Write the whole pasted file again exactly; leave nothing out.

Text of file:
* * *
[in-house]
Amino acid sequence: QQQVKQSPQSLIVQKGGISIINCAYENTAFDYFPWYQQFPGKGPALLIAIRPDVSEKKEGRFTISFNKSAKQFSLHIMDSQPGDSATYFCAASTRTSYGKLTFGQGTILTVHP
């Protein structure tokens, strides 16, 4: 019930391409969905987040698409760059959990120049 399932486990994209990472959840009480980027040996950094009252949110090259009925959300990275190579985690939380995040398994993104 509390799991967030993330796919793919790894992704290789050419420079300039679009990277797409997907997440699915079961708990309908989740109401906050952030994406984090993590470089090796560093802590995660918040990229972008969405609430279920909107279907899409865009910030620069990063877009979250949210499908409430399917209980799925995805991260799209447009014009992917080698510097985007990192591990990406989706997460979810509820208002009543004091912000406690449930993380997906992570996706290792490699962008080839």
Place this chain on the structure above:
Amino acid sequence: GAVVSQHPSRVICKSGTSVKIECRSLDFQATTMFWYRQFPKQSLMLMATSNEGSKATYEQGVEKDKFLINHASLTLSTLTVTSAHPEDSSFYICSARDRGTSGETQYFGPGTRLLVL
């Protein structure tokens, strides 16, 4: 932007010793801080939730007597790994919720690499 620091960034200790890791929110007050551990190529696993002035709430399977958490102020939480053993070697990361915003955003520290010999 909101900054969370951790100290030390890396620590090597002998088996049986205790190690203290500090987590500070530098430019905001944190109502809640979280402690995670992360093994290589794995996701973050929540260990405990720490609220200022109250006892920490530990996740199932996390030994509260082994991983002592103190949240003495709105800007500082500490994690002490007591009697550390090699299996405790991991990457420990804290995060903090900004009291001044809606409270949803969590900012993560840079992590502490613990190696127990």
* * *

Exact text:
[in-house]
Amino acid sequence: QQQVKQSPQSLIVQKGGISIINCAYENTAFDYFPWYQQFPGKGPALLIAIRPDVSEKKEGRFTISFNKSAKQFSLHIMDSQPGDSATYFCAASTRTSYGKLTFGQGTILTVHP
């Protein structure tokens, strides 16, 4: 019930391409969905987040698409760059959990120049 399932486990994209990472959840009480980027040996950094009252949110090259009925959300990275190579985690939380995040398994993104 509390799991967030993330796919793919790894992704290789050419420079300039679009990277797409997907997440699915079961708990309908989740109401906050952030994406984090993590470089090796560093802590995660918040990229972008969405609430279920909107279907899409865009910030620069990063877009979250949210499908409430399917209980799925995805991260799209447009014009992917080698510097985007990192591990990406989706997460979810509820208002009543004091912000406690449930993380997906992570996706290792490699962008080839």
Place this chain on the structure above:
Amino acid sequence: GAVVSQHPSRVICKSGTSVKIECRSLDFQATTMFWYRQFPKQSLMLMATSNEGSKATYEQGVEKDKFLINHASLTLSTLTVTSAHPEDSSFYICSARDRGTSGETQYFGPGTRLLVL
């Protein structure tokens, strides 16, 4: 932007010793801080939730007597790994919720690499 620091960034200790890791929110007050551990190529696993002035709430399977958490102020939480053993070697990361915003955003520290010999 909101900054969370951790100290030390890396620590090597002998088996049986205790190690203290500090987590500070530098430019905001944190109502809640979280402690995670992360093994290589794995996701973050929540260990405990720490609220200022109250006892920490530990996740199932996390030994509260082994991983002592103190949240003495709105800007500082500490994690002490007591009697550390090699299996405790991991990457420990804290995060903090900004009291001044809606409270949803969590900012993560840079992590502490613990190696127990």